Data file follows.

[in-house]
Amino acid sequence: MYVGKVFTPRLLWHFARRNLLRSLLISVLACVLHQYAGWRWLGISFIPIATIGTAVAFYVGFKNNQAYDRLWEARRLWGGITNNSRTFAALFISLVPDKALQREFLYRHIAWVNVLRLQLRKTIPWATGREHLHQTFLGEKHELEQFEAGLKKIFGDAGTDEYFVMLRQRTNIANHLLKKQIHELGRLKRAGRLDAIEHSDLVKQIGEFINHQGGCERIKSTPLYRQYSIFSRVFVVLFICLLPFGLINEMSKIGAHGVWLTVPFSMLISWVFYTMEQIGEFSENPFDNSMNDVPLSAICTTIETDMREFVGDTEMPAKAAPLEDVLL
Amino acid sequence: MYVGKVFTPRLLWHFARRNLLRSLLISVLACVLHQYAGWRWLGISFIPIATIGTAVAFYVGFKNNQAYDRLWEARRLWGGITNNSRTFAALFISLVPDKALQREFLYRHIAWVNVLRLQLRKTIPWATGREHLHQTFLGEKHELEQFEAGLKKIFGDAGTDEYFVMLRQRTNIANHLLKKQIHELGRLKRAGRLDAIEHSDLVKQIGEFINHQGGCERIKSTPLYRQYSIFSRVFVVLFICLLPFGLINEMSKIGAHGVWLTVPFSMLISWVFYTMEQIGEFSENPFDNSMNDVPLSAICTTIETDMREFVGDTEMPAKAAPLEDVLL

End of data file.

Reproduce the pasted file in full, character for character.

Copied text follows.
[in-house]
Amino acid sequence: MYVGKVFTPRLLWHFARRNLLRSLLISVLACVLHQYAGWRWLGISFIPIATIGTAVAFYVGFKNNQAYDRLWEARRLWGGITNNSRTFAALFISLVPDKALQREFLYRHIAWVNVLRLQLRKTIPWATGREHLHQTFLGEKHELEQFEAGLKKIFGDAGTDEYFVMLRQRTNIANHLLKKQIHELGRLKRAGRLDAIEHSDLVKQIGEFINHQGGCERIKSTPLYRQYSIFSRVFVVLFICLLPFGLINEMSKIGAHGVWLTVPFSMLISWVFYTMEQIGEFSENPFDNSMNDVPLSAICTTIETDMREFVGDTEMPAKAAPLEDVLL
Amino acid sequence: MYVGKVFTPRLLWHFARRNLLRSLLISVLACVLHQYAGWRWLGISFIPIATIGTAVAFYVGFKNNQAYDRLWEARRLWGGITNNSRTFAALFISLVPDKALQREFLYRHIAWVNVLRLQLRKTIPWATGREHLHQTFLGEKHELEQFEAGLKKIFGDAGTDEYFVMLRQRTNIANHLLKKQIHELGRLKRAGRLDAIEHSDLVKQIGEFINHQGGCERIKSTPLYRQYSIFSRVFVVLFICLLPFGLINEMSKIGAHGVWLTVPFSMLISWVFYTMEQIGEFSENPFDNSMNDVPLSAICTTIETDMREFVGDTEMPAKAAPLEDVLL